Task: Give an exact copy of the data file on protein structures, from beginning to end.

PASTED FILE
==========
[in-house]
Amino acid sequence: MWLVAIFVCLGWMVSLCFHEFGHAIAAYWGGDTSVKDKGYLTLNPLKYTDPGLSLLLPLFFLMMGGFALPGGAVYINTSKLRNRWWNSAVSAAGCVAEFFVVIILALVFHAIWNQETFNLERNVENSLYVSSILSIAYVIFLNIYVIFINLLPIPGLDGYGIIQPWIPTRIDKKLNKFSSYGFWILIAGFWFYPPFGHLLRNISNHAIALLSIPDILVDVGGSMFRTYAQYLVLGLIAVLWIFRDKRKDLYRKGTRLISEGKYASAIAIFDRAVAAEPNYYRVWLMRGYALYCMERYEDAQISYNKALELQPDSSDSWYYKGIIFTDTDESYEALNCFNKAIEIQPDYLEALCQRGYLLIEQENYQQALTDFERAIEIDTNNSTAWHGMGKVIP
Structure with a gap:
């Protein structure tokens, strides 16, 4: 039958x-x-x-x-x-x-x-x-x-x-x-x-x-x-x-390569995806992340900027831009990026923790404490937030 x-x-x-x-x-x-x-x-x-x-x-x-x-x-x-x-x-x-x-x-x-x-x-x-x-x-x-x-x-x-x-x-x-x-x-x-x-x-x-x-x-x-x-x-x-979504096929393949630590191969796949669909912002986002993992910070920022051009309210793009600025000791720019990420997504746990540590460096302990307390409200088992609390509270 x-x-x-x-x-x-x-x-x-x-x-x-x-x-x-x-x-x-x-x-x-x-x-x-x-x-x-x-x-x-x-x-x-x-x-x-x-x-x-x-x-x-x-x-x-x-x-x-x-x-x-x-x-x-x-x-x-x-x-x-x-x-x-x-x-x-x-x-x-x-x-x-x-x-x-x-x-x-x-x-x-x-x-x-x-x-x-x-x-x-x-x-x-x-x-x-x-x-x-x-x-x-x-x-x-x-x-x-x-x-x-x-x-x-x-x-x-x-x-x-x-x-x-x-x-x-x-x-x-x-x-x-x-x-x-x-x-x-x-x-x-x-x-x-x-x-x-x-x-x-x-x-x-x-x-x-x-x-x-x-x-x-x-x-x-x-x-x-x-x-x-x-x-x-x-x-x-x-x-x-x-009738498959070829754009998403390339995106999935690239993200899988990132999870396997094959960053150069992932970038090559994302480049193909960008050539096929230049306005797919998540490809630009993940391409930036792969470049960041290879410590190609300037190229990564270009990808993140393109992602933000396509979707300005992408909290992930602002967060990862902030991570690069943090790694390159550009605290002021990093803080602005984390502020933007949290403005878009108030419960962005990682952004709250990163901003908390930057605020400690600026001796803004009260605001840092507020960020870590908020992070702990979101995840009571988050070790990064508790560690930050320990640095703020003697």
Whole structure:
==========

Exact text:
[in-house]
Amino acid sequence: MWLVAIFVCLGWMVSLCFHEFGHAIAAYWGGDTSVKDKGYLTLNPLKYTDPGLSLLLPLFFLMMGGFALPGGAVYINTSKLRNRWWNSAVSAAGCVAEFFVVIILALVFHAIWNQETFNLERNVENSLYVSSILSIAYVIFLNIYVIFINLLPIPGLDGYGIIQPWIPTRIDKKLNKFSSYGFWILIAGFWFYPPFGHLLRNISNHAIALLSIPDILVDVGGSMFRTYAQYLVLGLIAVLWIFRDKRKDLYRKGTRLISEGKYASAIAIFDRAVAAEPNYYRVWLMRGYALYCMERYEDAQISYNKALELQPDSSDSWYYKGIIFTDTDESYEALNCFNKAIEIQPDYLEALCQRGYLLIEQENYQQALTDFERAIEIDTNNSTAWHGMGKVIP
Structure with a gap:
């Protein structure tokens, strides 16, 4: 039958x-x-x-x-x-x-x-x-x-x-x-x-x-x-x-390569995806992340900027831009990026923790404490937030 x-x-x-x-x-x-x-x-x-x-x-x-x-x-x-x-x-x-x-x-x-x-x-x-x-x-x-x-x-x-x-x-x-x-x-x-x-x-x-x-x-x-x-x-x-979504096929393949630590191969796949669909912002986002993992910070920022051009309210793009600025000791720019990420997504746990540590460096302990307390409200088992609390509270 x-x-x-x-x-x-x-x-x-x-x-x-x-x-x-x-x-x-x-x-x-x-x-x-x-x-x-x-x-x-x-x-x-x-x-x-x-x-x-x-x-x-x-x-x-x-x-x-x-x-x-x-x-x-x-x-x-x-x-x-x-x-x-x-x-x-x-x-x-x-x-x-x-x-x-x-x-x-x-x-x-x-x-x-x-x-x-x-x-x-x-x-x-x-x-x-x-x-x-x-x-x-x-x-x-x-x-x-x-x-x-x-x-x-x-x-x-x-x-x-x-x-x-x-x-x-x-x-x-x-x-x-x-x-x-x-x-x-x-x-x-x-x-x-x-x-x-x-x-x-x-x-x-x-x-x-x-x-x-x-x-x-x-x-x-x-x-x-x-x-x-x-x-x-x-x-x-x-x-x-x-009738498959070829754009998403390339995106999935690239993200899988990132999870396997094959960053150069992932970038090559994302480049193909960008050539096929230049306005797919998540490809630009993940391409930036792969470049960041290879410590190609300037190229990564270009990808993140393109992602933000396509979707300005992408909290992930602002967060990862902030991570690069943090790694390159550009605290002021990093803080602005984390502020933007949290403005878009108030419960962005990682952004709250990163901003908390930057605020400690600026001796803004009260605001840092507020960020870590908020992070702990979101995840009571988050070790990064508790560690930050320990640095703020003697």
Whole structure: